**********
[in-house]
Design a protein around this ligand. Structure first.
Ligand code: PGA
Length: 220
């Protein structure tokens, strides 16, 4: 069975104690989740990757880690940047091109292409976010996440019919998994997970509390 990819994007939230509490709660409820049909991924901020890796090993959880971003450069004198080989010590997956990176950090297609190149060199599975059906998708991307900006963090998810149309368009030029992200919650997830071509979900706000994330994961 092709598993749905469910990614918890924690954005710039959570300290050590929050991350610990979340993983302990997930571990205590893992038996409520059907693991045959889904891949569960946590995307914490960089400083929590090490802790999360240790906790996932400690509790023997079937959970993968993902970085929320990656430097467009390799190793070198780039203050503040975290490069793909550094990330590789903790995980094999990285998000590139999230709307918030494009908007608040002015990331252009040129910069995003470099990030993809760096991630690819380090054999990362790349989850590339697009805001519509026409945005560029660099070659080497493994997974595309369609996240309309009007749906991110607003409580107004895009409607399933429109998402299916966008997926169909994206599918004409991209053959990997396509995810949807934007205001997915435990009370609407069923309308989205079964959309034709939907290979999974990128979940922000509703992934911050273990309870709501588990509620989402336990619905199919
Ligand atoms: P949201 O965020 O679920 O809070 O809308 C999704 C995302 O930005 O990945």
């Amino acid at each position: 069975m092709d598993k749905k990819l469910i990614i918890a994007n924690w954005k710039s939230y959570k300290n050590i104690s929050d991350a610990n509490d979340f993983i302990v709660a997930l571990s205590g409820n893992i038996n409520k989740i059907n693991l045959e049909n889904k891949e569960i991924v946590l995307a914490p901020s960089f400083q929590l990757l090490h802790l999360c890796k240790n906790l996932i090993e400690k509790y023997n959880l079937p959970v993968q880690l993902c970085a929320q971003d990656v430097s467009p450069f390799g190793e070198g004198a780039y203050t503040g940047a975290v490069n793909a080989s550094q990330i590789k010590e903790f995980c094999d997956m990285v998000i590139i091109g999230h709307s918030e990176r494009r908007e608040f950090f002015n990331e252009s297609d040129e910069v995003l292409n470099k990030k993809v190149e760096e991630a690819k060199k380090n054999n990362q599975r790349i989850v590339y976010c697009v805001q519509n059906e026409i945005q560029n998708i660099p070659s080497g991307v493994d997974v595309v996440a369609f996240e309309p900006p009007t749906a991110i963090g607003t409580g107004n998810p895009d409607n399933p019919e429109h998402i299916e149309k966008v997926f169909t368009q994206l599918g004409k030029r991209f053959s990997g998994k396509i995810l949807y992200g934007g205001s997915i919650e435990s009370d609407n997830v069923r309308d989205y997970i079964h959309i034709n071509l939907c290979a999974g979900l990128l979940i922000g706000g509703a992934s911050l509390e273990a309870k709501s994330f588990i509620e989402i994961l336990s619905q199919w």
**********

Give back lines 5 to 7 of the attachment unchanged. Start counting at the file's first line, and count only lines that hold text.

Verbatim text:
């Protein structure tokens, strides 16, 4: 069975104690989740990757880690940047091109292409976010996440019919998994997970509390 990819994007939230509490709660409820049909991924901020890796090993959880971003450069004198080989010590997956990176950090297609190149060199599975059906998708991307900006963090998810149309368009030029992200919650997830071509979900706000994330994961 092709598993749905469910990614918890924690954005710039959570300290050590929050991350610990979340993983302990997930571990205590893992038996409520059907693991045959889904891949569960946590995307914490960089400083929590090490802790999360240790906790996932400690509790023997079937959970993968993902970085929320990656430097467009390799190793070198780039203050503040975290490069793909550094990330590789903790995980094999990285998000590139999230709307918030494009908007608040002015990331252009040129910069995003470099990030993809760096991630690819380090054999990362790349989850590339697009805001519509026409945005560029660099070659080497493994997974595309369609996240309309009007749906991110607003409580107004895009409607399933429109998402299916966008997926169909994206599918004409991209053959990997396509995810949807934007205001997915435990009370609407069923309308989205079964959309034709939907290979999974990128979940922000509703992934911050273990309870709501588990509620989402336990619905199919
Ligand atoms: P949201 O965020 O679920 O809070 O809308 C999704 C995302 O930005 O990945």
């Amino acid at each position: 069975m092709d598993k749905k990819l469910i990614i918890a994007n924690w954005k710039s939230y959570k300290n050590i104690s929050d991350a610990n509490d979340f993983i302990v709660a997930l571990s205590g409820n893992i038996n409520k989740i059907n693991l045959e049909n889904k891949e569960i991924v946590l995307a914490p901020s960089f400083q929590l990757l090490h802790l999360c890796k240790n906790l996932i090993e400690k509790y023997n959880l079937p959970v993968q880690l993902c970085a929320q971003d990656v430097s467009p450069f390799g190793e070198g004198a780039y203050t503040g940047a975290v490069n793909a080989s550094q990330i590789k010590e903790f995980c094999d997956m990285v998000i590139i091109g999230h709307s918030e990176r494009r908007e608040f950090f002015n990331e252009s297609d040129e910069v995003l292409n470099k990030k993809v190149e760096e991630a690819k060199k380090n054999n990362q599975r790349i989850v590339y976010c697009v805001q519509n059906e026409i945005q560029n998708i660099p070659s080497g991307v493994d997974v595309v996440a369609f996240e309309p900006p009007t749906a991110i963090g607003t409580g107004n998810p895009d409607n399933p019919e429109h998402i299916e149309k966008v997926f169909t368009q994206l599918g004409k030029r991209f053959s990997g998994k396509i995810l949807y992200g934007g205001s997915i919650e435990s009370d609407n997830v069923r309308d989205y997970i079964h959309i034709n071509l939907c290979a999974g979900l990128l979940i922000g706000g509703a992934s911050l509390e273990a309870k709501s994330f588990i509620e989402i994961l336990s619905q199919w």